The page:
There are creatures who have a dedicated heart that match their companions, and there are unsightly evils that seek to destroy the remaining good that has Ave wrapped in Light. I like how the stories each strive to serve one main purpose of showing the dividing lines between good vs. evil in a few new ways than might first be expected to be revealed. These are the stories that everyone can relate to the most, and the ones I think will always have weight to be consumed!

Fun Stuff for Your Blog via pureimaginationblog.com

“Crown of Vengeance” (Book One of the Fires of Eden series) by Stephen Zimmer

by Seventh Star Press

Fun Stuff for Your Blog via pureimaginationblog.com

Be sure to catch the second half of this showcase on JLAS:
Jorie interviews Stephen Zimmer!

Fun Stuff for Your Blog via pureimaginationblog.com

“Shrewsbury & Zimmer” Virtual Book Tour Roadmap:

  1. 30 September: Contest @ Library Girl Reads & Reviews
  2. 30 September: Interview with Stephen Zimmer @ Ian’s Realm
  3. 30 September: Review @ Book in the Bag
  4. 1 October: Review of “Blood & Steel: Legends of Gaul”
    by Steven Shrewsbury @ Azure Dwarf
  5. 1 October: Reader Interview Stephen Zimmer @ Bee’s Knees Reviews
  6. 1 October: Guest Post by Steven Shrewsbury @ Armand Rosamilia, Author
  7. 1 October: Review of “Chronicles of Ave: Volume One” @ Lost Inside the Covers
  8. 2 October: Character Post: Gorias La Gaul @ Beauty in Ruins
  9. 2 October: Guest Post: Steven Zimmer @ Come Selahway with Me
  10. 2 October: Guest Post: Steven Shrewsbury @ Sheila Deeth
  11. 3 October: Promo Spotlight @ Deal Sharing Aunt
  12. 4 October: Promo Spotlight @ Sapphyria’s Book Reviews
  13. 5 October: Promo Spotlight @ Spellbindings
  14. 5 October: Review of “Chronicles of Ave: Volume One”
    + Reader Interview Stephen Zimmer @ Jorie Loves A Story
  15. 5 October: Review @ Jess Resides Here
  16. 5 October: Guest Post: Stephen Zimmer @ SpecMusicMuse
  17. 6 October: Promo Spotlight @ The Flipside of Julianne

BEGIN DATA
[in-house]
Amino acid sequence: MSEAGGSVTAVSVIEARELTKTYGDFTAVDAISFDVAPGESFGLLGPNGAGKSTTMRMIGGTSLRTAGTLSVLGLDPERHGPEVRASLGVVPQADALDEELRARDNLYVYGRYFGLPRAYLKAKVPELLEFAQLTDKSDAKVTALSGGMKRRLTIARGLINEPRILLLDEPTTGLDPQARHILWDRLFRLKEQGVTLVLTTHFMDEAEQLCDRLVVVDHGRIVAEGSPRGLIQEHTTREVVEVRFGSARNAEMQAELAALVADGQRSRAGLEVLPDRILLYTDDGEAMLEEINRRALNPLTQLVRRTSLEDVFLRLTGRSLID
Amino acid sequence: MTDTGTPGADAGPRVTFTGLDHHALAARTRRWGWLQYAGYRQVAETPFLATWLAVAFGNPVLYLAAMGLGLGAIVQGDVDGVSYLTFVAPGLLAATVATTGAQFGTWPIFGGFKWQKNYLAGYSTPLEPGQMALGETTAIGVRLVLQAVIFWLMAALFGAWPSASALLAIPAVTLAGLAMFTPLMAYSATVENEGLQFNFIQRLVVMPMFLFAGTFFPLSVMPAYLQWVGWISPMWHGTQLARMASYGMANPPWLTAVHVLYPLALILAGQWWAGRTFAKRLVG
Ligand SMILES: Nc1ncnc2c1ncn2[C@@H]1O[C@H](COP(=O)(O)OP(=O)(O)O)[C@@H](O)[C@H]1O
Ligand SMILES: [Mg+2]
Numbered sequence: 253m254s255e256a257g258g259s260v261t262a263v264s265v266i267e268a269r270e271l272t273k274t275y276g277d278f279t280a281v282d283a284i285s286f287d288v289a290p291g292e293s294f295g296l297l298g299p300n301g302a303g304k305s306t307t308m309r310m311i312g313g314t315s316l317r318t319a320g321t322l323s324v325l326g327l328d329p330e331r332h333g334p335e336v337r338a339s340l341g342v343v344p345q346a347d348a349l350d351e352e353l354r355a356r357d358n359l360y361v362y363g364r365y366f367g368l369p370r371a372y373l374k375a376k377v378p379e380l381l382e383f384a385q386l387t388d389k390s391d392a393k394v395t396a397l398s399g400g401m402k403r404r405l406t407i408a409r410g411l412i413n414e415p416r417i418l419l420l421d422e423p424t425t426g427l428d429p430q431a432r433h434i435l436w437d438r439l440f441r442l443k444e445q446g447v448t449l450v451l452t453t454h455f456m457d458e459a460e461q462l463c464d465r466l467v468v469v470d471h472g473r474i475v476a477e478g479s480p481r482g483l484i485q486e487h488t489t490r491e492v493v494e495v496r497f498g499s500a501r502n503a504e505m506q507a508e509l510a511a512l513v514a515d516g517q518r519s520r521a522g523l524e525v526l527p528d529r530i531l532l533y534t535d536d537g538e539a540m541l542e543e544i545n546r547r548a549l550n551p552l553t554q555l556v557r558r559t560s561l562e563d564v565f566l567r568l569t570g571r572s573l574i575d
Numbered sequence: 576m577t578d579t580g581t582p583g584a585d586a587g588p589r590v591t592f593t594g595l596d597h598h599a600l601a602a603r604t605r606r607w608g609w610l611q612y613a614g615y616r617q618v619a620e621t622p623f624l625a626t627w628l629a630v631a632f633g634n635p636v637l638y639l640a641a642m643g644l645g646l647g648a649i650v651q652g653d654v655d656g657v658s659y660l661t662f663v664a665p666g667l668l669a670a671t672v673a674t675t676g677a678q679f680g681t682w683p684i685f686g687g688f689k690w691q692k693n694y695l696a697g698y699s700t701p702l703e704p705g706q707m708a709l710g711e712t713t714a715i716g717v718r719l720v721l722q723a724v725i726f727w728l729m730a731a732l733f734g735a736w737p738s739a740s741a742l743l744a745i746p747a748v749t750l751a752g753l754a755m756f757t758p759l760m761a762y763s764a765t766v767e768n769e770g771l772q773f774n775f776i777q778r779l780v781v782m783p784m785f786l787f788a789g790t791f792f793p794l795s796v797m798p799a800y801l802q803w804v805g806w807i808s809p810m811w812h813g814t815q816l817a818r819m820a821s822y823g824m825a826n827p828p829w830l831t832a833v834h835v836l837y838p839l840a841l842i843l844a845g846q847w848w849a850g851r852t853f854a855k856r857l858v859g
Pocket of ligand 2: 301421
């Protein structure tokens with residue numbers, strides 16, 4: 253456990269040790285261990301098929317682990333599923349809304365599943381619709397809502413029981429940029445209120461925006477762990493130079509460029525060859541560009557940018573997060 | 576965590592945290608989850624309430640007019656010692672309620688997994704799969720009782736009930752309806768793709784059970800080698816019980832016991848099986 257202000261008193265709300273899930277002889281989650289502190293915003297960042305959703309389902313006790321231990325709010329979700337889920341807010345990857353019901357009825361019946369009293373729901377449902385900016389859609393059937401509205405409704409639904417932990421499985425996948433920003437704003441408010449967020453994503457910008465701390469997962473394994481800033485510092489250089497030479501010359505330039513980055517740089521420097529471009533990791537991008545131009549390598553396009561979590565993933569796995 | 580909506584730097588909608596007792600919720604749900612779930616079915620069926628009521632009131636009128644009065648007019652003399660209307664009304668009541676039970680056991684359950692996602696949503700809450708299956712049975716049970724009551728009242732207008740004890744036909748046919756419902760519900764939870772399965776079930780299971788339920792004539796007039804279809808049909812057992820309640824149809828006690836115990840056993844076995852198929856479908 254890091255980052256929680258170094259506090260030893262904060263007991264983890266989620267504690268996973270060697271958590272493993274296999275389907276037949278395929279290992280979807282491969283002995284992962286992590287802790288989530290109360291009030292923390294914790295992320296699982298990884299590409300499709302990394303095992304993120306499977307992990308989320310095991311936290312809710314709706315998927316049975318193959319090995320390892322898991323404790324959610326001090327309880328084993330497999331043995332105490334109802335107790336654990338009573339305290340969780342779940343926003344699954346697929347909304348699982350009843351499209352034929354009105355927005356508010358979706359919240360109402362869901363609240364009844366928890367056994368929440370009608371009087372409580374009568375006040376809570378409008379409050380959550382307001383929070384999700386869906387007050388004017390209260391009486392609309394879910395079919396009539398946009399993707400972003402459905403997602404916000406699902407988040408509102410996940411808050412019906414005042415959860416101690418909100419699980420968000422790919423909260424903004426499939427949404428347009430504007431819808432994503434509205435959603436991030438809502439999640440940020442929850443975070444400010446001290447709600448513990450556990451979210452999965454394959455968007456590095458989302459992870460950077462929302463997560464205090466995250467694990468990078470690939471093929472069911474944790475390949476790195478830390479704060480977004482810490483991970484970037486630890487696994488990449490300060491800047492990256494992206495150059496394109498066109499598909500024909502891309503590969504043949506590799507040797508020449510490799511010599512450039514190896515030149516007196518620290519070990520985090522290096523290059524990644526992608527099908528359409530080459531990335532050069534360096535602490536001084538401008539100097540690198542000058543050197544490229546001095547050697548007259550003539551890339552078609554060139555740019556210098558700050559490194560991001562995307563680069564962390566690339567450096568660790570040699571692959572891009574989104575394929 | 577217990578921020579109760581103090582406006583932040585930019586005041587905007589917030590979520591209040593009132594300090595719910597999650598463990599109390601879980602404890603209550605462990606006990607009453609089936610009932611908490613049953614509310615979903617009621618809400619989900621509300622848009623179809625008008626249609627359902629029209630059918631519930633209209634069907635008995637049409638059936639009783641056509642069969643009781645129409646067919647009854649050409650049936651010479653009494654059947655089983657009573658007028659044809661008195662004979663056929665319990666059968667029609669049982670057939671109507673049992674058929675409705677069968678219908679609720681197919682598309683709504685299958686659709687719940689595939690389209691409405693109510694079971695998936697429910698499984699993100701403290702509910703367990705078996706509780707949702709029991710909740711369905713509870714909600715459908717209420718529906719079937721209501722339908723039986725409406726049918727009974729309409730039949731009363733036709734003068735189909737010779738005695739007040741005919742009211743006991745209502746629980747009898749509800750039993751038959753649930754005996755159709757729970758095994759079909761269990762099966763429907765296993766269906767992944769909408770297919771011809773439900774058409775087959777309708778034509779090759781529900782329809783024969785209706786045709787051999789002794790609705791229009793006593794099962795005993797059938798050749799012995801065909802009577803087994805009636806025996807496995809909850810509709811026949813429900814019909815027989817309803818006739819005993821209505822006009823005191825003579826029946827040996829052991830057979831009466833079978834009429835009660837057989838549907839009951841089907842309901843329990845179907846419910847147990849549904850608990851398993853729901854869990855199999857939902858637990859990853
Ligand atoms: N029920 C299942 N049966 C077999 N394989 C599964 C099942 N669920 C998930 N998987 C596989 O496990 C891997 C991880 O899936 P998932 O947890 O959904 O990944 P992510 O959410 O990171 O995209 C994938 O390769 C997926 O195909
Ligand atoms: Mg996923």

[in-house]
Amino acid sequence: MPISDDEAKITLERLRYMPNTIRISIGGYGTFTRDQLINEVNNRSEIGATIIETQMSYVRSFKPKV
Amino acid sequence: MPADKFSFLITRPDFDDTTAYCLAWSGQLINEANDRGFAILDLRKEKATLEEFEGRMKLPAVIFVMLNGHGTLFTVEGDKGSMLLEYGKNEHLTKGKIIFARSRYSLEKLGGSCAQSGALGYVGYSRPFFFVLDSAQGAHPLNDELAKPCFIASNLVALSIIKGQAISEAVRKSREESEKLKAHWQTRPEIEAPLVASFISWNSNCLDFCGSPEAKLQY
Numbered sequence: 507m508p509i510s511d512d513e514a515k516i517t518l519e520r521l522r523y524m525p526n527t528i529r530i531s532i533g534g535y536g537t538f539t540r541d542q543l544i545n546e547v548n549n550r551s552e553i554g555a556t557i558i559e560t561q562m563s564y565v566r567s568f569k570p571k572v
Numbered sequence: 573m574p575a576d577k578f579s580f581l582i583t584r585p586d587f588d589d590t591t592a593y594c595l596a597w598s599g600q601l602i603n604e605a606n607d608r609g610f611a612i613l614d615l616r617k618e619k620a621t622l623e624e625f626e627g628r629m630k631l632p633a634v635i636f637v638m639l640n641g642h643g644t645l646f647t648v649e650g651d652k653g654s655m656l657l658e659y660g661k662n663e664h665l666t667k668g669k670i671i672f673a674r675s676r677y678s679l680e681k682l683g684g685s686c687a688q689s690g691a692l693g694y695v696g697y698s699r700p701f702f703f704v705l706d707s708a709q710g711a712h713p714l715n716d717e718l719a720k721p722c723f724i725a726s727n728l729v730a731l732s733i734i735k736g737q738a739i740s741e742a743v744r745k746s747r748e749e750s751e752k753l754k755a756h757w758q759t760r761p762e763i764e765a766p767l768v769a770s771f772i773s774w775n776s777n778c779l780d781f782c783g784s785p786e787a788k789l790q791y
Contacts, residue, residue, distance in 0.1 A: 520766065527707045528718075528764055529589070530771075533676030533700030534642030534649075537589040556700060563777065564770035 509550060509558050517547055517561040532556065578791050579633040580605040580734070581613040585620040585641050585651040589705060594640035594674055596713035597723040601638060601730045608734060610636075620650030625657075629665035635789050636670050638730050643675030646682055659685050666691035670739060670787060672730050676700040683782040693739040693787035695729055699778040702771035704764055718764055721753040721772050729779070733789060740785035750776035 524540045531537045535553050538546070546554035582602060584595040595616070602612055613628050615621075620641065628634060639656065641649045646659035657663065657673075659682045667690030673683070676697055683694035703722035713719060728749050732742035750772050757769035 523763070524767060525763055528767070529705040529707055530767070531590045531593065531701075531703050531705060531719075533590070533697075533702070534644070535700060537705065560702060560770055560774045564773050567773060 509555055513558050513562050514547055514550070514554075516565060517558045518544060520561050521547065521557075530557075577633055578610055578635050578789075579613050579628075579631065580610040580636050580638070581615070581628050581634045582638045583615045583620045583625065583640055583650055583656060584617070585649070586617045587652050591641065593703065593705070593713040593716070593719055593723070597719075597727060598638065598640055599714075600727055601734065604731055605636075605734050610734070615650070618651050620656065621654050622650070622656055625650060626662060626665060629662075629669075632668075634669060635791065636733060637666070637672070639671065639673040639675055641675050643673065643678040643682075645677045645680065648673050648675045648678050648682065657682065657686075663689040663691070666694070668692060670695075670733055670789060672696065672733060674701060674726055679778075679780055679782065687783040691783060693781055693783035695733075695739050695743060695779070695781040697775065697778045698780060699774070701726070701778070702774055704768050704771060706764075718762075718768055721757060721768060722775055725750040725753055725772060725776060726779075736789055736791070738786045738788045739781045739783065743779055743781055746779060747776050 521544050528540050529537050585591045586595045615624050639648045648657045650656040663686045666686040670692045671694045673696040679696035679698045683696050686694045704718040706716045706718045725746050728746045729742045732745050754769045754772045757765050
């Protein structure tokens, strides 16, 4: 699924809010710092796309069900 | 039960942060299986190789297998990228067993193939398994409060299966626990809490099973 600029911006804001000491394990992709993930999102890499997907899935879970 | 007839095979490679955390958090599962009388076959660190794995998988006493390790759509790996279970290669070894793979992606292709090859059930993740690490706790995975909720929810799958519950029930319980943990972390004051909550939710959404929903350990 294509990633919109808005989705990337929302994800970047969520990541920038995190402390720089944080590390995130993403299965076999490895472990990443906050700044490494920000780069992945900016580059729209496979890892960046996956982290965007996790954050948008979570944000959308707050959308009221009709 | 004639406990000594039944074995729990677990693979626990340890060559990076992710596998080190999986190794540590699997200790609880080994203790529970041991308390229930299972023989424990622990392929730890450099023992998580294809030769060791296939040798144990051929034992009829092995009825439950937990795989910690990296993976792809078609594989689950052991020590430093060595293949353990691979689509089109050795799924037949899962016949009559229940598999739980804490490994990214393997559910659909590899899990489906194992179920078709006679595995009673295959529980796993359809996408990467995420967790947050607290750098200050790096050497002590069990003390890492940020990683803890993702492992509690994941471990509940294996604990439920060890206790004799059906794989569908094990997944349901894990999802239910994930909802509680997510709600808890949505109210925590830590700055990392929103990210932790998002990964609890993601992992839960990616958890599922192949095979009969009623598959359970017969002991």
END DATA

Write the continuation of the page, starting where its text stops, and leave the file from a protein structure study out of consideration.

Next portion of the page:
18. 6 October: Review @ L. Andrew Cooper’s Horrific Scribblings

Fun Stuff for Your Blog via pureimaginationblog.comBe sure to scope out upcoming tours I will be hosting with:
Tomorrow Comes Media Tour Hoston my Bookish Events Featured on JLAS!

Please take note of the Related Articles as they were hand selected due to being of cross-reference importance in relation to this book review. This applies to each post on my blog where you see Related Articles underneath the post. Be sure to take a moment to acknowledge the further readings which are offered.

{SOURCES: Cover art of “Chronicles of Ave: Volume One” by Matthew Perry; Stephen Zimmer’s photograph and biography, and the blog tour badge were all provided by Tomorrow Comes Media and used with permission. Blog Tour badge provided by Parajunkee to give book bloggers definition on their blogs. The book trailer by Seventh Star Press had either URL share links or coding which made it possible to embed this media portal to this post, and I thank them for the opportunity to share more about this novel and the author who penned it. Post dividers by Fun Stuff for Your Blog via Pure Imagination.}

Copyright © Jorie Loves A Story, 2013

Related Articles:

Stephen Zimmer – (gingernutsofhorror.com)

Author Stephen Zimmer Talks about Word Counts – (breathoflifebookreviews.blogspot.com)

Azure Dwarf Horde: Interview with Stephen Zimmer, June 23, 2012 (YouTube) – (youtube.com/user/SeventhStarPress)

Chinese Terracota Warriors – (pinterest.com/pattirabbit)

Worlds of Wonder Author Hop Day 4: Welcome to Ave, a World Like No Other – (stephenzimmer.blogspot.com)

Guest Post by Stephen Zimmer – Challenges of Writing Short Stories That Tie Into Fantasy Series – (smsand.wordpress.com)

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Posted Saturday, 5 October, 2013 by jorielov in Anthology Collection of Stories, Fantasy Fiction, Folklore and Mythology, Heroic Bloodshed, Heroic Fantasy, High Fantasy, Indie Author, Supernatural Fiction, Sword & Scorcery, Tomorrow Comes Media

*Blog Book Tour*: The Boxcar Baby by J.L. Muvihill

Posted Sunday, 29 September, 2013 by jorielov , , , , , , 0 Comments

Parajunkee Designs

The Boxcar Baby by J.L. Mulvihill
[Book One in the Steel Roots series]

Published by: Seventh Star Press, 12 July 2013.
Official Novel Websites: The Boxcar Baby Blog & The Steel Roots Facebook Page